What started as a frustrating day for George Kahumoku, Jr., farm owner of Kealia Farms in South Kona, has turned into a technology that is gaining interest across the entire Pacific basin. In the extension profession, it is a joy to work with producers who we call the “early adopters”. These producers latch on to new ideas and technology and make it work for their operations, improving production efficiency and their bottom-line. George was an early adopter who had many projects going on at the farm, within his community, with his music business, and in his life. One of his projects (and passions) was raising pigs and so George and I were looking at ways to improve his deep-bedded waste management system using the carbon-rich macadamia nut byproducts of shells and husks. One summer, due to George’s great reproductive management skills, he had a bumper crop of weaned pigs, which he temporarily housed in his dog kennels. The kennel had sloping floors that dropped-off into a lower containment level with a drain for the wash water. Husks were used as shallow bedding in the pens, but the pigs (and gravity) forced all of the material out of the pen into the basin where it clogged the drain. Being curious animals, the pigs played with the water nozzle until the lower containment area was filled with water too. When I arrived on George’s farm, he was frustrated with the big mess the pigs were making in their pens. What I saw was not the mess, but an innovative idea. This is when the light bulb in my brain started flashing and I told George, “This is it!”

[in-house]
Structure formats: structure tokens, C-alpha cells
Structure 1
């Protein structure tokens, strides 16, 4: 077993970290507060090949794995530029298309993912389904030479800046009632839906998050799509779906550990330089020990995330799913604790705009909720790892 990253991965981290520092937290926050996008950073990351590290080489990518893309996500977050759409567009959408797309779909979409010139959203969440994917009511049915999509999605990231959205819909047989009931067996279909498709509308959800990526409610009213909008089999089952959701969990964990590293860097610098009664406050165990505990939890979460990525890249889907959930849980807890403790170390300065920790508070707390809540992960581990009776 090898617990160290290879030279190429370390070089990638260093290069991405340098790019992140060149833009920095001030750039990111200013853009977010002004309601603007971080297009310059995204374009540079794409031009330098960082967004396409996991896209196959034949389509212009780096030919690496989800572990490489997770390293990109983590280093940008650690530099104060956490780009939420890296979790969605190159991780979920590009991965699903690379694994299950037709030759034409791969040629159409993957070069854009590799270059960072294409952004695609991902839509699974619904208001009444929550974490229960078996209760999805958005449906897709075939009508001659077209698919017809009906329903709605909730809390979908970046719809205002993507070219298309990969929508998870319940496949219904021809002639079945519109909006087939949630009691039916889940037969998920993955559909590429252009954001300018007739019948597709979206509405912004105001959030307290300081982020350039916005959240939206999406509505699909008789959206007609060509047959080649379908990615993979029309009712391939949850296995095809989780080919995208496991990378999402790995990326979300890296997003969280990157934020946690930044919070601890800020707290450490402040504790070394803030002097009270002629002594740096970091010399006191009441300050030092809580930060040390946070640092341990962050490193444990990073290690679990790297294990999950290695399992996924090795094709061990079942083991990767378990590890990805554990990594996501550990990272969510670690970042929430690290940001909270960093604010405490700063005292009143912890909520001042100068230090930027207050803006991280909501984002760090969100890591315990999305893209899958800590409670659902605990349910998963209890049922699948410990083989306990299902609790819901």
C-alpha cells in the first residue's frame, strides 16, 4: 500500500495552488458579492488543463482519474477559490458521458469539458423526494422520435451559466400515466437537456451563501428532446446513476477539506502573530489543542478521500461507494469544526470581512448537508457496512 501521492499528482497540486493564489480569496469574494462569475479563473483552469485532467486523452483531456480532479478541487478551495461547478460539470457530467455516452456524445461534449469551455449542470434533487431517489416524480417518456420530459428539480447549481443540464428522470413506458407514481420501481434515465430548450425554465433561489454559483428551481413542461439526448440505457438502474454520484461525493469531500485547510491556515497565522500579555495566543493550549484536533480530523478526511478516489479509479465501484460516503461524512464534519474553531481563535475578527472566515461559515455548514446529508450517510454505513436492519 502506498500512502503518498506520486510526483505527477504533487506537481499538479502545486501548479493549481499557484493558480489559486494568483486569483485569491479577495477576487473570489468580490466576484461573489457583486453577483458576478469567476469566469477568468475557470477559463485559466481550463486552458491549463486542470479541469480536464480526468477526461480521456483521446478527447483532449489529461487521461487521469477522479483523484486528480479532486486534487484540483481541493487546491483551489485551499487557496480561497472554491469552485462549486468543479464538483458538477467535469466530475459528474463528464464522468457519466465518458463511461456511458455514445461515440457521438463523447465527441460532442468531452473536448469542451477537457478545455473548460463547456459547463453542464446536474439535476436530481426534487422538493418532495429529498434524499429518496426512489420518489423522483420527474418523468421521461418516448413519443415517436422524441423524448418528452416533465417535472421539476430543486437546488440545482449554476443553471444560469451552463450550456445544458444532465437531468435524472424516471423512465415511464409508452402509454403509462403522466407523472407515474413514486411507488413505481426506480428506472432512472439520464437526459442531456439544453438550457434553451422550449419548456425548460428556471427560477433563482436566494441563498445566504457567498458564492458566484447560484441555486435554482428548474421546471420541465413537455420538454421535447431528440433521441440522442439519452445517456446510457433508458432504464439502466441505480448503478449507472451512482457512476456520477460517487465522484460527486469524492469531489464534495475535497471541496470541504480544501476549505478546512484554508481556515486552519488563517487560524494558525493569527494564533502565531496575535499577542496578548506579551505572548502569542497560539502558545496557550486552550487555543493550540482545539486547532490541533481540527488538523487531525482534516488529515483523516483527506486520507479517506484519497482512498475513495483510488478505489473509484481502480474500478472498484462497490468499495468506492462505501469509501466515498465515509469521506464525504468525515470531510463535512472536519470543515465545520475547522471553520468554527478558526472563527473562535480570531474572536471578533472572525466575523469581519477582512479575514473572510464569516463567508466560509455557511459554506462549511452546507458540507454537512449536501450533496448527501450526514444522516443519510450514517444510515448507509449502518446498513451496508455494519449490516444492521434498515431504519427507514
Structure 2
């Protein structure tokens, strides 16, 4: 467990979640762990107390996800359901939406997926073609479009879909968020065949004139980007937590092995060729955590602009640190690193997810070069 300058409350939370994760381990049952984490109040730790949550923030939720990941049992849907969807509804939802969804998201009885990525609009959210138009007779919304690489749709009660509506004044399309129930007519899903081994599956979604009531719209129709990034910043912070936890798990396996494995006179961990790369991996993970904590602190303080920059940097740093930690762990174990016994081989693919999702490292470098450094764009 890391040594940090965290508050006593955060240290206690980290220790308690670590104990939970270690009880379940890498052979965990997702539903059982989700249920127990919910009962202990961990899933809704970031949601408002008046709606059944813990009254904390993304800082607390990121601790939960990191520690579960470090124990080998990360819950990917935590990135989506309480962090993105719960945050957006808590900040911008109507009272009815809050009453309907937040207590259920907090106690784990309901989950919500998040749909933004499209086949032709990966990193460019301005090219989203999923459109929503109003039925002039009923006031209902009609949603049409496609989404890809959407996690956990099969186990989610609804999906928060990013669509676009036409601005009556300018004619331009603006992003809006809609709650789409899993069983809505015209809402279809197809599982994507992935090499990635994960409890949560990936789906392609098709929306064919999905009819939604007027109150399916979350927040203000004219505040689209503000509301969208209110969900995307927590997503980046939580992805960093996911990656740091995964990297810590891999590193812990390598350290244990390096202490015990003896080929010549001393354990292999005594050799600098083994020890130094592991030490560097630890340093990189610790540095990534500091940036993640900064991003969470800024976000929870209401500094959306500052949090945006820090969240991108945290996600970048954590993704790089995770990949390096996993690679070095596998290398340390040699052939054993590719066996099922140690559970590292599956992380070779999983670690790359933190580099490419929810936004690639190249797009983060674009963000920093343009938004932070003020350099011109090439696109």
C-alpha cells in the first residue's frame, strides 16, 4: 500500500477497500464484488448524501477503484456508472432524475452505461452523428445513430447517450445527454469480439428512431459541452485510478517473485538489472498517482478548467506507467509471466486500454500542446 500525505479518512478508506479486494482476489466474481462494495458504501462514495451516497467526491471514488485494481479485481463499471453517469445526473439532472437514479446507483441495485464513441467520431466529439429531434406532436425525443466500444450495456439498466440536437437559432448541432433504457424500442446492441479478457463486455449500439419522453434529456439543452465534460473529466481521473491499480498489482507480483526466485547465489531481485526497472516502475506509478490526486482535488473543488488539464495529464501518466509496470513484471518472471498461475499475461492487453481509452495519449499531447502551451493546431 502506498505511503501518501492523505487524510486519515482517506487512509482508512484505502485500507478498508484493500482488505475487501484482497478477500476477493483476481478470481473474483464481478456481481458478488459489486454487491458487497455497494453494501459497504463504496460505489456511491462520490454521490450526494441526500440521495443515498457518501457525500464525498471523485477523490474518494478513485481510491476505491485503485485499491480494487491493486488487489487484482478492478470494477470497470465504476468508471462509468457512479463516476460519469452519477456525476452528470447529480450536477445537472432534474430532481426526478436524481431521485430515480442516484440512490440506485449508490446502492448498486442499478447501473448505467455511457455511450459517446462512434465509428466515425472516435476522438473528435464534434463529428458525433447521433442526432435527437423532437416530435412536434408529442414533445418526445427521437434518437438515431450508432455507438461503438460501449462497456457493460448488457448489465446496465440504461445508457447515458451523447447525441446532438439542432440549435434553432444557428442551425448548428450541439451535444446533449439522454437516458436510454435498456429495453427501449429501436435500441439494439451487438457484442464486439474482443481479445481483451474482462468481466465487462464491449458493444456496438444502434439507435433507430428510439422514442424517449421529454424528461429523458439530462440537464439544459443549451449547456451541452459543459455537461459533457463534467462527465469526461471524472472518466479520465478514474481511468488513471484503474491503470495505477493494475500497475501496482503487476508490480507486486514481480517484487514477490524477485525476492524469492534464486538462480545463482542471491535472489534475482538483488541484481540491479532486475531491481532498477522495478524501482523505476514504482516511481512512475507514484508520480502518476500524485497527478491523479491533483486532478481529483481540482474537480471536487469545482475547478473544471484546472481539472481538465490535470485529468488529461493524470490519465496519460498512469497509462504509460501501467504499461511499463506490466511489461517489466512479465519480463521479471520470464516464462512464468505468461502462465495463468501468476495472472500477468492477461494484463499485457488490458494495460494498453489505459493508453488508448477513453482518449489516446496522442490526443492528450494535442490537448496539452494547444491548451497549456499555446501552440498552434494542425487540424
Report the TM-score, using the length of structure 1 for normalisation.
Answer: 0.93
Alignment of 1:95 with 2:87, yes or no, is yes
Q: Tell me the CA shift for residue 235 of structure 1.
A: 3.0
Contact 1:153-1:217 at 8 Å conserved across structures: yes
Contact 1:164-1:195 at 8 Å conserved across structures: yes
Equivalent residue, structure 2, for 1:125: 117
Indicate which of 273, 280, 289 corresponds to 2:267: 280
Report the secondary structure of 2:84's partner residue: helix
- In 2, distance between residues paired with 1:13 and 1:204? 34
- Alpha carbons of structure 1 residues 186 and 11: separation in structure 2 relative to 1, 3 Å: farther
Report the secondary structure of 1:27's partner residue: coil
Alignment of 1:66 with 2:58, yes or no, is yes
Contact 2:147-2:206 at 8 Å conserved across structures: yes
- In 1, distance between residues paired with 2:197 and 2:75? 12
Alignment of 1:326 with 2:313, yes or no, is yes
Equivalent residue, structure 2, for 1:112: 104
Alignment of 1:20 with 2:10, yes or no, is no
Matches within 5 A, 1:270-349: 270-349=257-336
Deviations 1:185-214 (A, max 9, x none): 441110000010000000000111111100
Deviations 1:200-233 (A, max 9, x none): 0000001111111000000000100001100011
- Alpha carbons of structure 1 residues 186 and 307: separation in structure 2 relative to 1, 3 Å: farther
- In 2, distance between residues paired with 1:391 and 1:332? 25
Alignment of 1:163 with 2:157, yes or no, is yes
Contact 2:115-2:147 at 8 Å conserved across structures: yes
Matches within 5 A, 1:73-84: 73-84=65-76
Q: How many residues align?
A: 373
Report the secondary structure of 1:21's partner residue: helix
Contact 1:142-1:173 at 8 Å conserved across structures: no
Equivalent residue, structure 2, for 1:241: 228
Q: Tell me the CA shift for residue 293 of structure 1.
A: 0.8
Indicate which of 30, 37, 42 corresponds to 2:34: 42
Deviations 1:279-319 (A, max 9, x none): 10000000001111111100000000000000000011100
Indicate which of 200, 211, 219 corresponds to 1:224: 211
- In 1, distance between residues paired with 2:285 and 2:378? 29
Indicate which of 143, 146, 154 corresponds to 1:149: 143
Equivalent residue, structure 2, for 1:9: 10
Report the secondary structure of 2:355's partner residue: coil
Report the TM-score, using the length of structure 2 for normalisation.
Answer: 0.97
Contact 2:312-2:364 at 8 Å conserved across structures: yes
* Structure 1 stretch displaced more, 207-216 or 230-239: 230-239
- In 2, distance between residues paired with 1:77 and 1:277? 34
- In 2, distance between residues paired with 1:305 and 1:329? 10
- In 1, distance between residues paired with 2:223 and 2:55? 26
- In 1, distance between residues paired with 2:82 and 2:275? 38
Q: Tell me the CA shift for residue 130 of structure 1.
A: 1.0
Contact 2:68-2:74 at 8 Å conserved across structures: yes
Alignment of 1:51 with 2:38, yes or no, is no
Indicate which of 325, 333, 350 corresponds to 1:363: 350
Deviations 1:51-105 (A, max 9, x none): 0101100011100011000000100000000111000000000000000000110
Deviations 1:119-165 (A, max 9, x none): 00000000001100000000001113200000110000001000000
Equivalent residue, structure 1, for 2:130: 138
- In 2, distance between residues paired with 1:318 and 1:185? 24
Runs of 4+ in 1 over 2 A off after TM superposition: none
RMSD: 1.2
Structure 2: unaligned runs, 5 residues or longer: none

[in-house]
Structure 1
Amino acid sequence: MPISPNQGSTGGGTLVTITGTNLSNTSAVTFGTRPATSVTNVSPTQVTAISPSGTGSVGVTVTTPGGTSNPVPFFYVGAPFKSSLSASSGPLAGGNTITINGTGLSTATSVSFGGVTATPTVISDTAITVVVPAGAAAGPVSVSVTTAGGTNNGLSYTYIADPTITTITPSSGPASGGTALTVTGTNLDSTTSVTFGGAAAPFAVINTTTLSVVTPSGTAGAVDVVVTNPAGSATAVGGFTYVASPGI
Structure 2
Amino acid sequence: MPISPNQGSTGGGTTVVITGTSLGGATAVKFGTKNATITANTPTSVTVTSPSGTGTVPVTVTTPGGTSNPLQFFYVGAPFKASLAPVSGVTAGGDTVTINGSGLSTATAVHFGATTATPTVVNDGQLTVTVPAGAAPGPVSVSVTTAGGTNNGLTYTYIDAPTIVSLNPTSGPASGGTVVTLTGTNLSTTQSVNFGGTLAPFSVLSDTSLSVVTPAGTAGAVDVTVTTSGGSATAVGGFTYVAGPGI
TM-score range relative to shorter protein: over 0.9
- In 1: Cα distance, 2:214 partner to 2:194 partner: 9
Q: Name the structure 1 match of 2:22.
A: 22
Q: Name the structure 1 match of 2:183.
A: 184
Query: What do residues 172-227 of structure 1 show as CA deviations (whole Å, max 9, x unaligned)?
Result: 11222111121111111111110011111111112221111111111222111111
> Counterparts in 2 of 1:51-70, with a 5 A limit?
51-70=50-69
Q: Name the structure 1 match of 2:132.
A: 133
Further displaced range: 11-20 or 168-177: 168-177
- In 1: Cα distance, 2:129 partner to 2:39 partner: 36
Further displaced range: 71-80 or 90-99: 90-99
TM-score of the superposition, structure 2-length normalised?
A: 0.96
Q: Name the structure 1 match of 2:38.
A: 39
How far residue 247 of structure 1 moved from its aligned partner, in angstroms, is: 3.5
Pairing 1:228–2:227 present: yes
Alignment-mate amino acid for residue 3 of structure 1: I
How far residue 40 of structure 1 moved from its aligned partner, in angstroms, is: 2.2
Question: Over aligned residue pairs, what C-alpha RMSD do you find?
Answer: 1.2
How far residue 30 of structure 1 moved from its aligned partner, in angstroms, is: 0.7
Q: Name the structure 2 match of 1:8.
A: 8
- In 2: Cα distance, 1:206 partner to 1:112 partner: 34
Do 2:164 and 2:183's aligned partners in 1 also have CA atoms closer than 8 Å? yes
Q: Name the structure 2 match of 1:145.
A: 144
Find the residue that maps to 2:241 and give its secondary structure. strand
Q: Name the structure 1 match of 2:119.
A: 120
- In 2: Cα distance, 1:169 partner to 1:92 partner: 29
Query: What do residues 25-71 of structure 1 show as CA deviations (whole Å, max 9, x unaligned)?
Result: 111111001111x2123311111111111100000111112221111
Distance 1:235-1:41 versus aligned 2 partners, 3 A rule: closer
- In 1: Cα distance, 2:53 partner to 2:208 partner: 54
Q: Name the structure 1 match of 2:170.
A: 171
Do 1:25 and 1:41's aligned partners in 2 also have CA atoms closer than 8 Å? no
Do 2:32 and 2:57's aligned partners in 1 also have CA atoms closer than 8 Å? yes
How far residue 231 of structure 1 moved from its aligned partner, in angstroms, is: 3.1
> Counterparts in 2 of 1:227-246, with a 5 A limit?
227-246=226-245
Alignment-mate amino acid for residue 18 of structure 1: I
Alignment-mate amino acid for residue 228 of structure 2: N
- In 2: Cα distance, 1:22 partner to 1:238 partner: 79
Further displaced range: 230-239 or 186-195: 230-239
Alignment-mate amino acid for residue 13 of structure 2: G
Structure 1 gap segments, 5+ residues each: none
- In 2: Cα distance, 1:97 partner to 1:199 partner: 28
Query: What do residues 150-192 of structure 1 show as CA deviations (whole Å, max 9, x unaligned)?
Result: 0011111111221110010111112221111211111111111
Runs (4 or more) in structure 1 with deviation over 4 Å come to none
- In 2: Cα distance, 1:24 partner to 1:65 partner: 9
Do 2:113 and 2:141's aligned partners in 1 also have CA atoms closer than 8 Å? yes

The deep-bedded system had already been implemented in several European and Asian countries in the early 90’s, however there were some emerging concerns. The carbon bedding was immobile making clean-up difficult. As the manure accumulated, so did the liquid waste increase in the pens and the heat from the composting; conditions that optimized disease and parasite build-up that stressed the pigs